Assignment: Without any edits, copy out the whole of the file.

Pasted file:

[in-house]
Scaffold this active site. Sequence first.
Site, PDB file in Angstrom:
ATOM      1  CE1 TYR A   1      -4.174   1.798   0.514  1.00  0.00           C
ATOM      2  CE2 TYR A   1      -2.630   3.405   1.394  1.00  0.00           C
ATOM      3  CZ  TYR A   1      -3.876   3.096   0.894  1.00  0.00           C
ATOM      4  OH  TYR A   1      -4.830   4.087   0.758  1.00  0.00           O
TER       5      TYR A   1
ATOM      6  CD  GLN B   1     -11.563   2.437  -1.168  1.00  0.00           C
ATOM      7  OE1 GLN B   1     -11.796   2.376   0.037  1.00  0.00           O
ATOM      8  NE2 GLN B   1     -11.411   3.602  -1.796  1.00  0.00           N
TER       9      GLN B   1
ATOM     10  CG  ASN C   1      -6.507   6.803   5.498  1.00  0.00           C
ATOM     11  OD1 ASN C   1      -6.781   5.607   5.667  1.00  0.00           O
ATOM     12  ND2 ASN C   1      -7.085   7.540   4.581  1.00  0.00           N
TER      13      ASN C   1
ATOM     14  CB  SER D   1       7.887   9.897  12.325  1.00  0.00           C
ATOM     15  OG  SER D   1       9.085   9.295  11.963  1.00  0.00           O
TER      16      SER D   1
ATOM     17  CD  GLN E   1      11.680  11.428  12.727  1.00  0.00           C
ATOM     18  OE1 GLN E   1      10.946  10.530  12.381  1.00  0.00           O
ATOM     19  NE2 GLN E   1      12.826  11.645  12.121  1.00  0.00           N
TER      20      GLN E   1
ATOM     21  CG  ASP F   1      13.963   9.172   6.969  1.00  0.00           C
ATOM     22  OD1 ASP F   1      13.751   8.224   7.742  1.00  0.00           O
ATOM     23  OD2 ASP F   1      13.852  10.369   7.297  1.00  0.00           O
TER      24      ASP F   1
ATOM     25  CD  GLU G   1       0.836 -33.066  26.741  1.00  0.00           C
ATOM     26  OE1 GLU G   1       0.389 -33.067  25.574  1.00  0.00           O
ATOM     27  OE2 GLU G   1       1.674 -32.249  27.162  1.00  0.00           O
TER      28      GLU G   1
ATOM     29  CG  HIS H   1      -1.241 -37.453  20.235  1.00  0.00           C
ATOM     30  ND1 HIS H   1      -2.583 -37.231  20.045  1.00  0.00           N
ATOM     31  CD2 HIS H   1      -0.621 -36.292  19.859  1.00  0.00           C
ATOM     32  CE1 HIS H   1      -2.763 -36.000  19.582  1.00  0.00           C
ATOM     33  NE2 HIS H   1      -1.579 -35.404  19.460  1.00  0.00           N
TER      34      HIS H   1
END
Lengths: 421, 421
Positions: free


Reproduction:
[in-house]
Scaffold this active site. Sequence first.
Site, PDB file in Angstrom:
ATOM      1  CE1 TYR A   1      -4.174   1.798   0.514  1.00  0.00           C
ATOM      2  CE2 TYR A   1      -2.630   3.405   1.394  1.00  0.00           C
ATOM      3  CZ  TYR A   1      -3.876   3.096   0.894  1.00  0.00           C
ATOM      4  OH  TYR A   1      -4.830   4.087   0.758  1.00  0.00           O
TER       5      TYR A   1
ATOM      6  CD  GLN B   1     -11.563   2.437  -1.168  1.00  0.00           C
ATOM      7  OE1 GLN B   1     -11.796   2.376   0.037  1.00  0.00           O
ATOM      8  NE2 GLN B   1     -11.411   3.602  -1.796  1.00  0.00           N
TER       9      GLN B   1
ATOM     10  CG  ASN C   1      -6.507   6.803   5.498  1.00  0.00           C
ATOM     11  OD1 ASN C   1      -6.781   5.607   5.667  1.00  0.00           O
ATOM     12  ND2 ASN C   1      -7.085   7.540   4.581  1.00  0.00           N
TER      13      ASN C   1
ATOM     14  CB  SER D   1       7.887   9.897  12.325  1.00  0.00           C
ATOM     15  OG  SER D   1       9.085   9.295  11.963  1.00  0.00           O
TER      16      SER D   1
ATOM     17  CD  GLN E   1      11.680  11.428  12.727  1.00  0.00           C
ATOM     18  OE1 GLN E   1      10.946  10.530  12.381  1.00  0.00           O
ATOM     19  NE2 GLN E   1      12.826  11.645  12.121  1.00  0.00           N
TER      20      GLN E   1
ATOM     21  CG  ASP F   1      13.963   9.172   6.969  1.00  0.00           C
ATOM     22  OD1 ASP F   1      13.751   8.224   7.742  1.00  0.00           O
ATOM     23  OD2 ASP F   1      13.852  10.369   7.297  1.00  0.00           O
TER      24      ASP F   1
ATOM     25  CD  GLU G   1       0.836 -33.066  26.741  1.00  0.00           C
ATOM     26  OE1 GLU G   1       0.389 -33.067  25.574  1.00  0.00           O
ATOM     27  OE2 GLU G   1       1.674 -32.249  27.162  1.00  0.00           O
TER      28      GLU G   1
ATOM     29  CG  HIS H   1      -1.241 -37.453  20.235  1.00  0.00           C
ATOM     30  ND1 HIS H   1      -2.583 -37.231  20.045  1.00  0.00           N
ATOM     31  CD2 HIS H   1      -0.621 -36.292  19.859  1.00  0.00           C
ATOM     32  CE1 HIS H   1      -2.763 -36.000  19.582  1.00  0.00           C
ATOM     33  NE2 HIS H   1      -1.579 -35.404  19.460  1.00  0.00           N
TER      34      HIS H   1
END
Lengths: 421, 421
Positions: free